Q Theatre Loft, 305 Queen St, Auckland

30/03/2023 - 06/04/2023

Lawson Field Theatre, Gisborne

08/11/2023 - 08/11/2023

Globe Theatre, 312 Main St, Palmerston North

10/11/2023 - 11/11/2023

Hannah Playhouse, Cnr Courtenay Place & Cambridge Terrace, Wellington

28/11/2023 - 02/12/2023

Production Details

Written by Dave Hanson
Directed by Michael Hurst

Produced by: Boyd and Brodie Productions

Two hapless understudies wait to go on in a production of ‘Waiting for Godot’, but will their time ever come?

Whilst waiting, they occupy their time backstage, trying to understand art, life, theatre and their precarious existence within it. This hilariously witty comedy ponders Beckett, showbiz and just what on earth it’s all about. Turns out, the only people who truly understand Beckett’s Waiting For Godot, are the understudies.

★★★★★ “Delectable” The New York Times

★★★★★ “gleefully absurd and self-aware “- Critics pick – Time out New York

★★★★★ “An absolute Blinder” My Theatre Mates

★★★★ “Laugh out loud. Sharp script. Killer lines” Everything Theatre

★★★★ “Big laughs guaranteed!” Please Mind The Blog

“absurdist silliness, wit, and abundant charm”  The Stage

“…smart, speedy and superbly silly.”  Minneapolis Post:

“A back-stage comedic flight-of-fancy” Theatre World

Audience warnings
Contains mild swearing. This show is suitable for ages 11+.

Q Loft, Queen St, Auckland Central  
Thu 30 March – Thu 6 April 2023
$28 – $35 (Service Fee may apply)
Book Now


National Tour 2023 

Hamilton: 1 & 2 November: The Meteor Theatre
Tauranga: 7 November: Baycourt X Space
Gisborne: 8 November: Lawson Field Theatre
Hastings: 9 November: Toitoi – Hawkes Bay Arts Centre
Palmerston North: 10 & 11 November: Globe Theatre
Auckland: 14 – 18 November: Q Theatre
New Plymouth: 22 & 23 November: 4th Wall Theatre
Taupo: 24 November: Centre Stage Theatre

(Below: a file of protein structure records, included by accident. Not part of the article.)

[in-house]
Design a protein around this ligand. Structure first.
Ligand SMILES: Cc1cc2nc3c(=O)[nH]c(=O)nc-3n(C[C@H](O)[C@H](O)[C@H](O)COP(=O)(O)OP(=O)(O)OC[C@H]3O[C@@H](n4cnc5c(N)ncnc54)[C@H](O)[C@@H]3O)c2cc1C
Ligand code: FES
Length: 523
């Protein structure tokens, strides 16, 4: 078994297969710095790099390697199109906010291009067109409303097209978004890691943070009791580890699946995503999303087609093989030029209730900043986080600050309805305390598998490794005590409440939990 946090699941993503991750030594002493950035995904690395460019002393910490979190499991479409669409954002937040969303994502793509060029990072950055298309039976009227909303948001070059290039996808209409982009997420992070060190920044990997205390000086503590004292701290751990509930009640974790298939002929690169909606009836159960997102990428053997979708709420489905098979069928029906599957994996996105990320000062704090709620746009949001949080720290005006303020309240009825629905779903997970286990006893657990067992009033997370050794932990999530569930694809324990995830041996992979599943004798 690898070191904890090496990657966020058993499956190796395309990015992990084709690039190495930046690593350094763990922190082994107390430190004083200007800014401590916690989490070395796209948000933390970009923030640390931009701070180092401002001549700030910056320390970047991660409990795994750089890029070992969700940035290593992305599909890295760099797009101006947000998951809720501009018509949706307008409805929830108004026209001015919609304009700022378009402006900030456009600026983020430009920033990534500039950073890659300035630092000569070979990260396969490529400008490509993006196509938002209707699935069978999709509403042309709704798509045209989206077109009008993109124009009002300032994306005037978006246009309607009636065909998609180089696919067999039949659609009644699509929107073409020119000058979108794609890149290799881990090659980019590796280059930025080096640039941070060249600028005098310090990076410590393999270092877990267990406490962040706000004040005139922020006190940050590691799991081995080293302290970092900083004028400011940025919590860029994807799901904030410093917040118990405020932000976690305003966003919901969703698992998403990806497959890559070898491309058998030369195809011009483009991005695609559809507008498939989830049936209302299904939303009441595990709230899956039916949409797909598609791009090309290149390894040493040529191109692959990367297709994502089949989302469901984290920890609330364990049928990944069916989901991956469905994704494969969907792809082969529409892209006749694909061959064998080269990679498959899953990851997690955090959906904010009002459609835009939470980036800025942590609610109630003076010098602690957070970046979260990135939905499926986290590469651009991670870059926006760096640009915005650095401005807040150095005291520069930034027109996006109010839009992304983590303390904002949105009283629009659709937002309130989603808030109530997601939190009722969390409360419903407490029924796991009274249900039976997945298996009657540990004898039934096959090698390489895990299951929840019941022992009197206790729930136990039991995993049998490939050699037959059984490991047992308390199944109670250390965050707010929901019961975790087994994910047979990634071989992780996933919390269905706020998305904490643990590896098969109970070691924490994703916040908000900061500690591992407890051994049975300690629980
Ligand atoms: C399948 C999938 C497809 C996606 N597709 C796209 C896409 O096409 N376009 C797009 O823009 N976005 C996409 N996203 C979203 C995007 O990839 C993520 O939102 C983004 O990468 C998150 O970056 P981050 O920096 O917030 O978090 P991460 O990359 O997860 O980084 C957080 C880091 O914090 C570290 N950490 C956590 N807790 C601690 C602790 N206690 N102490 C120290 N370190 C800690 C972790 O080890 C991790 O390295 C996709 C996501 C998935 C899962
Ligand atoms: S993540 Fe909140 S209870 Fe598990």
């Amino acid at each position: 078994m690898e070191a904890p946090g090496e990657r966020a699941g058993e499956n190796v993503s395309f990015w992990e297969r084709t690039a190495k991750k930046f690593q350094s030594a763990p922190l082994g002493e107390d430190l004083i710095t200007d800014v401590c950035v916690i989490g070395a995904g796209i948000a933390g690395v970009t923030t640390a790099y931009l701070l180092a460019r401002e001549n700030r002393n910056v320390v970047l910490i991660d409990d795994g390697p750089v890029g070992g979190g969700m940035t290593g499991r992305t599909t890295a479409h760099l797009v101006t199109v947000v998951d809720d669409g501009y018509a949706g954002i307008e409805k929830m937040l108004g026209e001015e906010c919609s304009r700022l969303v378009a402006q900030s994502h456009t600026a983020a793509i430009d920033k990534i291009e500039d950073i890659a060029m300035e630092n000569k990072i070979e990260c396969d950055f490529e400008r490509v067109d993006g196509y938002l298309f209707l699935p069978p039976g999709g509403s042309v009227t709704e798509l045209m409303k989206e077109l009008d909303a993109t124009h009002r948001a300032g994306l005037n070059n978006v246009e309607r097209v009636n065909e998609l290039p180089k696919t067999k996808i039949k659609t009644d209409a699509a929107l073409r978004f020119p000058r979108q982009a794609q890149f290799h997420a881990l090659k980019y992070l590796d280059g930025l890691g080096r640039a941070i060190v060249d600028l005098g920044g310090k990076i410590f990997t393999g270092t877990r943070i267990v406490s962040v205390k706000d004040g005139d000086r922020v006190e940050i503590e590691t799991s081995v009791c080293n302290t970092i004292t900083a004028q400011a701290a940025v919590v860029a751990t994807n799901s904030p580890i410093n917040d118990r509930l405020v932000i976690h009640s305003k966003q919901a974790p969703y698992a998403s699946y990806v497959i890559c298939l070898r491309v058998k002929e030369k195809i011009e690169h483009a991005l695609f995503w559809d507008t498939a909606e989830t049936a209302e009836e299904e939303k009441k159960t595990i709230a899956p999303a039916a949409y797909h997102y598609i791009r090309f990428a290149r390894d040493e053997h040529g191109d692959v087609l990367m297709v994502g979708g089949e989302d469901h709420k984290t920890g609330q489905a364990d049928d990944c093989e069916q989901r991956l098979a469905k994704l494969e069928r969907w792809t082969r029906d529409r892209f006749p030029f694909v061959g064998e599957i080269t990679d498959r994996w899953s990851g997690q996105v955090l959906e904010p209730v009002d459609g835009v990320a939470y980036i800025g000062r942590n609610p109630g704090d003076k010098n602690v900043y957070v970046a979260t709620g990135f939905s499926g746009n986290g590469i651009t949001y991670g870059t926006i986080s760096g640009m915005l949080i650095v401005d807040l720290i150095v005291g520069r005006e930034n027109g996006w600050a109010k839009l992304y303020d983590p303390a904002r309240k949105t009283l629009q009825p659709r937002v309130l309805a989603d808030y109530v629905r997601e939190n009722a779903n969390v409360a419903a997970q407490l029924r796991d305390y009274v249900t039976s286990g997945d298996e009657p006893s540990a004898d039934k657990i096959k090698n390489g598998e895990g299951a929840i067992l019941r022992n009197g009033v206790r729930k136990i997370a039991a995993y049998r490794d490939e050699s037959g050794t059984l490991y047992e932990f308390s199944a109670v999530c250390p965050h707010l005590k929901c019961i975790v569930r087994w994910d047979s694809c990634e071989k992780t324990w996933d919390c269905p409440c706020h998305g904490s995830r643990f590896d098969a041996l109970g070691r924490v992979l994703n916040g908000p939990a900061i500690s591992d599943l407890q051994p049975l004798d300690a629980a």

Waihi: 25 November: Waihi Drama Society
Wellington: 28 November – 2 December: Hannah Playhouse
Whanganui: 3 December: Whanganui Repertory Theatre 

Ester – Callum Brodie
Val – George Maunsell
Laura – Acushla-Tara Kupe
– Iana Grace (on tour)

Theatre ,

1 hr 15 min no interval

The art of Waiting for Godot

Review by Sarah Catherall 30th Nov 2023

Samuel Beckett’s play, Waiting for Godot, is brilliant for being a play in which nothing much happens. This contemporary play, written by American playwright Dave Hanson, adds a new twist to the absurdity of the original work and has been described as ‘a play about boredom that’s anything but boring’.

Hannah Playhouse, with its brooding, brutalist interior, feels like the perfect setting for Waiting for Waiting for Godot. We meet the understudy, Ester (brilliantly played by actor Callum Brodie), backstage as he does his warm-up vocal and physical exercises in case he might go on to the stage. “Red lorry, yellow lorry, red lorry …’’ he quips. Puckering his lips and opening his mouth, he is hilarious to watch. [More]


Make a comment

Profoundly entertaining. Don’t wait, book now.

Review by John Smythe 29th Nov 2023

In my review of the 2019 Circa production of Samuel Beckett’s Waiting for Godot , I wrote: “Vladimir and Estragon, who nickname each other Didi and Gogo, languish nowhere in particular and do nothing of consequence while waiting for ‘Godot’ to arrive and … what? Reveal his plan for them? Who knows? They never articulate what they expect. As fatalists, they claim no agency in fashioning their future yet share an abiding faith that Godot will eventually honour his promise to come.

“In its dramatisation of two Determinists trapped in an Existential universe, therefore, Waiting for Godot is an absurdist joke – either whimsical or cruel depending on your viewpoint. (Has Lotto, I wonder, been named as a play on Godot?) …

“Beckett’s biographer Anthony Cronin tells us … Beckett described it as ‘a relaxation from the rather awful prose I was writing at the time,’ and considered it ‘a marvellous, liberating diversion.’” Yet it has endured as a play in which nothing happens while everything about the human condition is captured.

The same could be said for New York playwright Dave Hanson’s Waiting for Waiting for Godot, directed by Michael Hurst and currently playing Wellington’s Hannah Playhouse near the end of the North Island tour that has followed its NZ premiere at Auckland’s Q Theatre earlier this year.

The gag is that two understudies, Val and Ester, are backstage, waiting in costume in a props and costumes storeroom for the possibility that “something could happen” and they’ll get to go on stage. Ester even suggests, near the end of Act One (it plays without an interval), that they could make something happen, which claims more agency than Vladimir and Estragon ever had. They play with the idea of invoking old theatre hexes to curse the stars and get their big break. In fact they do it! And does anything happen? No prizes for guessing that answer.